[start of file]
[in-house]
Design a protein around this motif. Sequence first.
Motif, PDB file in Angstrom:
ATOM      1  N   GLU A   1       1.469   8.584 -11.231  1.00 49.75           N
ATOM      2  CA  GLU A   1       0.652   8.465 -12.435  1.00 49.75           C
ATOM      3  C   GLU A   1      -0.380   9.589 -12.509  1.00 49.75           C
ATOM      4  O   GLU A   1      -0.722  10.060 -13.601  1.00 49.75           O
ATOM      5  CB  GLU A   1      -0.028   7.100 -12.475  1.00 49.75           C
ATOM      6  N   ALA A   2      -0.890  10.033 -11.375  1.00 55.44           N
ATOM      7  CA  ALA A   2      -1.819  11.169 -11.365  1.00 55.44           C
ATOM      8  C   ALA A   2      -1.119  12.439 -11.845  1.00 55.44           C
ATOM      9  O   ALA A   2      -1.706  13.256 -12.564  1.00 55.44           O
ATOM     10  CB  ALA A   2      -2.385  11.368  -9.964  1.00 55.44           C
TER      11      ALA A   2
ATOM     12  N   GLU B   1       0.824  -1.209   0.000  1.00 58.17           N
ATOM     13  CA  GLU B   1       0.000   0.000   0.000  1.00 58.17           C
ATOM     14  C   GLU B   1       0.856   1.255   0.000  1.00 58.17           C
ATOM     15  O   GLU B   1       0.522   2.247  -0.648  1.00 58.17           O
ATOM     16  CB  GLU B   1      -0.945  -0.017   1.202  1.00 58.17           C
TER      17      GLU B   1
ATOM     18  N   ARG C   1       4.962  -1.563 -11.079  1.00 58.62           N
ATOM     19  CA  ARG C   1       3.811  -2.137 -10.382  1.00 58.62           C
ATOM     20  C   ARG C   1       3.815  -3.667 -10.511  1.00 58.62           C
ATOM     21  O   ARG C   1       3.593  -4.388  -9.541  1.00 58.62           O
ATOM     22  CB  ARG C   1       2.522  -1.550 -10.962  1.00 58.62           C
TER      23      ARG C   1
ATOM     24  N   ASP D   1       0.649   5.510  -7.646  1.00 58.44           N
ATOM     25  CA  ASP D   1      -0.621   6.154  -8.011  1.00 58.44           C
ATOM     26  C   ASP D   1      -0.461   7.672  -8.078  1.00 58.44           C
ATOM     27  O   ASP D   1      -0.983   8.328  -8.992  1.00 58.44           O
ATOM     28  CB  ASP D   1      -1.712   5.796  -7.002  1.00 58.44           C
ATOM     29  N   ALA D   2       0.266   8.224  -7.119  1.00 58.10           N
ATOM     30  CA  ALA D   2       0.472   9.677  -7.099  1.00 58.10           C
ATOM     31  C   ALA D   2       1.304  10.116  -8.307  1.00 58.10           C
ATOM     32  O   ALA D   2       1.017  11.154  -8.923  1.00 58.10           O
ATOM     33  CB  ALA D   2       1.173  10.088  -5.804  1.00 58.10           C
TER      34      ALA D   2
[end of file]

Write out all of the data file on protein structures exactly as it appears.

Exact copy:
[in-house]
Design a protein around this motif. Sequence first.
Motif, PDB file in Angstrom:
ATOM      1  N   GLU A   1       1.469   8.584 -11.231  1.00 49.75           N
ATOM      2  CA  GLU A   1       0.652   8.465 -12.435  1.00 49.75           C
ATOM      3  C   GLU A   1      -0.380   9.589 -12.509  1.00 49.75           C
ATOM      4  O   GLU A   1      -0.722  10.060 -13.601  1.00 49.75           O
ATOM      5  CB  GLU A   1      -0.028   7.100 -12.475  1.00 49.75           C
ATOM      6  N   ALA A   2      -0.890  10.033 -11.375  1.00 55.44           N
ATOM      7  CA  ALA A   2      -1.819  11.169 -11.365  1.00 55.44           C
ATOM      8  C   ALA A   2      -1.119  12.439 -11.845  1.00 55.44           C
ATOM      9  O   ALA A   2      -1.706  13.256 -12.564  1.00 55.44           O
ATOM     10  CB  ALA A   2      -2.385  11.368  -9.964  1.00 55.44           C
TER      11      ALA A   2
ATOM     12  N   GLU B   1       0.824  -1.209   0.000  1.00 58.17           N
ATOM     13  CA  GLU B   1       0.000   0.000   0.000  1.00 58.17           C
ATOM     14  C   GLU B   1       0.856   1.255   0.000  1.00 58.17           C
ATOM     15  O   GLU B   1       0.522   2.247  -0.648  1.00 58.17           O
ATOM     16  CB  GLU B   1      -0.945  -0.017   1.202  1.00 58.17           C
TER      17      GLU B   1
ATOM     18  N   ARG C   1       4.962  -1.563 -11.079  1.00 58.62           N
ATOM     19  CA  ARG C   1       3.811  -2.137 -10.382  1.00 58.62           C
ATOM     20  C   ARG C   1       3.815  -3.667 -10.511  1.00 58.62           C
ATOM     21  O   ARG C   1       3.593  -4.388  -9.541  1.00 58.62           O
ATOM     22  CB  ARG C   1       2.522  -1.550 -10.962  1.00 58.62           C
TER      23      ARG C   1
ATOM     24  N   ASP D   1       0.649   5.510  -7.646  1.00 58.44           N
ATOM     25  CA  ASP D   1      -0.621   6.154  -8.011  1.00 58.44           C
ATOM     26  C   ASP D   1      -0.461   7.672  -8.078  1.00 58.44           C
ATOM     27  O   ASP D   1      -0.983   8.328  -8.992  1.00 58.44           O
ATOM     28  CB  ASP D   1      -1.712   5.796  -7.002  1.00 58.44           C
ATOM     29  N   ALA D   2       0.266   8.224  -7.119  1.00 58.10           N
ATOM     30  CA  ALA D   2       0.472   9.677  -7.099  1.00 58.10           C
ATOM     31  C   ALA D   2       1.304  10.116  -8.307  1.00 58.10           C
ATOM     32  O   ALA D   2       1.017  11.154  -8.923  1.00 58.10           O
ATOM     33  CB  ALA D   2       1.173  10.088  -5.804  1.00 58.10           C
TER      34      ALA D   2